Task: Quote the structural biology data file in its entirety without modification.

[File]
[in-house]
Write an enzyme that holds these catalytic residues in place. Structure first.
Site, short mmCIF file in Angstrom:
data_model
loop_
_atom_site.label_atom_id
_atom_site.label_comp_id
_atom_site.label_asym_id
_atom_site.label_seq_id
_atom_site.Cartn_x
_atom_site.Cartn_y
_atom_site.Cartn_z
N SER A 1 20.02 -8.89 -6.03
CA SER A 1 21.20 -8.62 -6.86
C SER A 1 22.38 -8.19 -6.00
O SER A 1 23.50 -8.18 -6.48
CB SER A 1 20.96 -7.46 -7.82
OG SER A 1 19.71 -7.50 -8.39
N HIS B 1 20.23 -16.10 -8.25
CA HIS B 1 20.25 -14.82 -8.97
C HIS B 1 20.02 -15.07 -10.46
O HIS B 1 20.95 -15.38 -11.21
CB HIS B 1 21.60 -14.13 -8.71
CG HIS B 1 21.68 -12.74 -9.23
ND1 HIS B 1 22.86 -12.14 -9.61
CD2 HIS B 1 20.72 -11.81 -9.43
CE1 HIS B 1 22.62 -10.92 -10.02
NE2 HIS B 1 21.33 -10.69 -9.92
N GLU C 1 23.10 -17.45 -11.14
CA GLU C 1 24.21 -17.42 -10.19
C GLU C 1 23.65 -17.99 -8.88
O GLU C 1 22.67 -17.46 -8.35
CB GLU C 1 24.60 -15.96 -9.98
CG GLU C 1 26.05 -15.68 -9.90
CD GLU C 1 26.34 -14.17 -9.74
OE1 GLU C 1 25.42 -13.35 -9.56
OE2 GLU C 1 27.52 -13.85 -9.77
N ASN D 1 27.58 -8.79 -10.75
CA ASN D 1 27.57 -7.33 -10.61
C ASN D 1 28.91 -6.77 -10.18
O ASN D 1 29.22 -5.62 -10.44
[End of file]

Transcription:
[in-house]
Write an enzyme that holds these catalytic residues in place. Structure first.
Site, short mmCIF file in Angstrom:
data_model
loop_
_atom_site.label_atom_id
_atom_site.label_comp_id
_atom_site.label_asym_id
_atom_site.label_seq_id
_atom_site.Cartn_x
_atom_site.Cartn_y
_atom_site.Cartn_z
N SER A 1 20.02 -8.89 -6.03
CA SER A 1 21.20 -8.62 -6.86
C SER A 1 22.38 -8.19 -6.00
O SER A 1 23.50 -8.18 -6.48
CB SER A 1 20.96 -7.46 -7.82
OG SER A 1 19.71 -7.50 -8.39
N HIS B 1 20.23 -16.10 -8.25
CA HIS B 1 20.25 -14.82 -8.97
C HIS B 1 20.02 -15.07 -10.46
O HIS B 1 20.95 -15.38 -11.21
CB HIS B 1 21.60 -14.13 -8.71
CG HIS B 1 21.68 -12.74 -9.23
ND1 HIS B 1 22.86 -12.14 -9.61
CD2 HIS B 1 20.72 -11.81 -9.43
CE1 HIS B 1 22.62 -10.92 -10.02
NE2 HIS B 1 21.33 -10.69 -9.92
N GLU C 1 23.10 -17.45 -11.14
CA GLU C 1 24.21 -17.42 -10.19
C GLU C 1 23.65 -17.99 -8.88
O GLU C 1 22.67 -17.46 -8.35
CB GLU C 1 24.60 -15.96 -9.98
CG GLU C 1 26.05 -15.68 -9.90
CD GLU C 1 26.34 -14.17 -9.74
OE1 GLU C 1 25.42 -13.35 -9.56
OE2 GLU C 1 27.52 -13.85 -9.77
N ASN D 1 27.58 -8.79 -10.75
CA ASN D 1 27.57 -7.33 -10.61
C ASN D 1 28.91 -6.77 -10.18
O ASN D 1 29.22 -5.62 -10.44